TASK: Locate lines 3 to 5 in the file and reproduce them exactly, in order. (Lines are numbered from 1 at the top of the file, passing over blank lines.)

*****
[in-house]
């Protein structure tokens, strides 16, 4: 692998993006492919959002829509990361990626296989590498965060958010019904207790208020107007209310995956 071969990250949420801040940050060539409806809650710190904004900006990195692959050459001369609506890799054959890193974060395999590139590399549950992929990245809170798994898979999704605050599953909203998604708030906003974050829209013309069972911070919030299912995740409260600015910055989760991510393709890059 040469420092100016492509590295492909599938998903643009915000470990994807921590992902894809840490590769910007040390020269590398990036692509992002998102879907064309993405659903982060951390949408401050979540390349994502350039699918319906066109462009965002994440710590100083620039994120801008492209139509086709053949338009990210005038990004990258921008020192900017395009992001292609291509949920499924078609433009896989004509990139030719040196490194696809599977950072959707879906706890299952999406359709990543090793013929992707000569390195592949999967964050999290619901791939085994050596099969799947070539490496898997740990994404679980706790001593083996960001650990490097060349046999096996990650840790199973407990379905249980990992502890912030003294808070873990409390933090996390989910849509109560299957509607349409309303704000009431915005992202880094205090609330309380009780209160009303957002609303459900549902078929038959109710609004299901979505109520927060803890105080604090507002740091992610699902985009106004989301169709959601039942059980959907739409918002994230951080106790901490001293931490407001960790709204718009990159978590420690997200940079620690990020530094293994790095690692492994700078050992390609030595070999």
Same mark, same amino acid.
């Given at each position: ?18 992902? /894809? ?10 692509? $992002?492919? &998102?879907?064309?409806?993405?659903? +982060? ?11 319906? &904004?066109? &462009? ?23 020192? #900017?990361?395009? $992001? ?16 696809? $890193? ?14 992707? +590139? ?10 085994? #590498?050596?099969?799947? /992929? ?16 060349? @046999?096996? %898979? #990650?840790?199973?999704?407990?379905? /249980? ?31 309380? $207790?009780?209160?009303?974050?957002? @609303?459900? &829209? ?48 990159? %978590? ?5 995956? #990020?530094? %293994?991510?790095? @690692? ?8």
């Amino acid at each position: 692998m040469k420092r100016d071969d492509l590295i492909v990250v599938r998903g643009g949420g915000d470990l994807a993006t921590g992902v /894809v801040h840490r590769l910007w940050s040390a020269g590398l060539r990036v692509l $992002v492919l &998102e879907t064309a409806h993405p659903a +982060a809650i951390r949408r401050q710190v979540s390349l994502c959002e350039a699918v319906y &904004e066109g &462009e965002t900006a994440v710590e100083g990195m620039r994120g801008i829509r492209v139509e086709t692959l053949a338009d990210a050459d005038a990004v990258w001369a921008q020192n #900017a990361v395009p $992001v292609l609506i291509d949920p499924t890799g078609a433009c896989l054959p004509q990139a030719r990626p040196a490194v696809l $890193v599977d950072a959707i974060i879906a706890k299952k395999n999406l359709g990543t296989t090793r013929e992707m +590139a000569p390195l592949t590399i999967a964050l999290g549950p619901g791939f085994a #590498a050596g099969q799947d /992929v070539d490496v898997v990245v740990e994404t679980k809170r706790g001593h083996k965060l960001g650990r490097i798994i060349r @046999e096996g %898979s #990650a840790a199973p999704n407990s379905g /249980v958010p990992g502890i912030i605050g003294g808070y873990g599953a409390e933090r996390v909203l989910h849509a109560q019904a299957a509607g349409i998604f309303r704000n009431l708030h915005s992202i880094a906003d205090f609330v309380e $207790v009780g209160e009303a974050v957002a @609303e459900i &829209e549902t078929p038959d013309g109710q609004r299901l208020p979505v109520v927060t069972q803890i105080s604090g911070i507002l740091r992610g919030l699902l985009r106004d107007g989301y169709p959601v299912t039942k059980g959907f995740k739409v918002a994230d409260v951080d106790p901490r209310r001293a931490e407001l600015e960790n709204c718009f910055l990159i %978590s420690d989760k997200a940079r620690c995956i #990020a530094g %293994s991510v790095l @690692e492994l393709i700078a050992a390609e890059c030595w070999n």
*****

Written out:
Same mark, same amino acid.
């Given at each position: ?18 992902? /894809? ?10 692509? $992002?492919? &998102?879907?064309?409806?993405?659903? +982060? ?11 319906? &904004?066109? &462009? ?23 020192? #900017?990361?395009? $992001? ?16 696809? $890193? ?14 992707? +590139? ?10 085994? #590498?050596?099969?799947? /992929? ?16 060349? @046999?096996? %898979? #990650?840790?199973?999704?407990?379905? /249980? ?31 309380? $207790?009780?209160?009303?974050?957002? @609303?459900? &829209? ?48 990159? %978590? ?5 995956? #990020?530094? %293994?991510?790095? @690692? ?8």
């Amino acid at each position: 692998m040469k420092r100016d071969d492509l590295i492909v990250v599938r998903g643009g949420g915000d470990l994807a993006t921590g992902v /894809v801040h840490r590769l910007w940050s040390a020269g590398l060539r990036v692509l $992002v492919l &998102e879907t064309a409806h993405p659903a +982060a809650i951390r949408r401050q710190v979540s390349l994502c959002e350039a699918v319906y &904004e066109g &462009e965002t900006a994440v710590e100083g990195m620039r994120g801008i829509r492209v139509e086709t692959l053949a338009d990210a050459d005038a990004v990258w001369a921008q020192n #900017a990361v395009p $992001v292609l609506i291509d949920p499924t890799g078609a433009c896989l054959p004509q990139a030719r990626p040196a490194v696809l $890193v599977d950072a959707i974060i879906a706890k299952k395999n999406l359709g990543t296989t090793r013929e992707m +590139a000569p390195l592949t590399i999967a964050l999290g549950p619901g791939f085994a #590498a050596g099969q799947d /992929v070539d490496v898997v990245v740990e994404t679980k809170r706790g001593h083996k965060l960001g650990r490097i798994i060349r @046999e096996g %898979s #990650a840790a199973p999704n407990s379905g /249980v958010p990992g502890i912030i605050g003294g808070y873990g599953a409390e933090r996390v909203l989910h849509a109560q019904a299957a509607g349409i998604f309303r704000n009431l708030h915005s992202i880094a906003d205090f609330v309380e $207790v009780g209160e009303a974050v957002a @609303e459900i &829209e549902t078929p038959d013309g109710q609004r299901l208020p979505v109520v927060t069972q803890i105080s604090g911070i507002l740091r992610g919030l699902l985009r106004d107007g989301y169709p959601v299912t039942k059980g959907f995740k739409v918002a994230d409260v951080d106790p901490r209310r001293a931490e407001l600015e960790n709204c718009f910055l990159i %978590s420690d989760k997200a940079r620690c995956i #990020a530094g %293994s991510v790095l @690692e492994l393709i700078a050992a390609e890059c030595w070999n």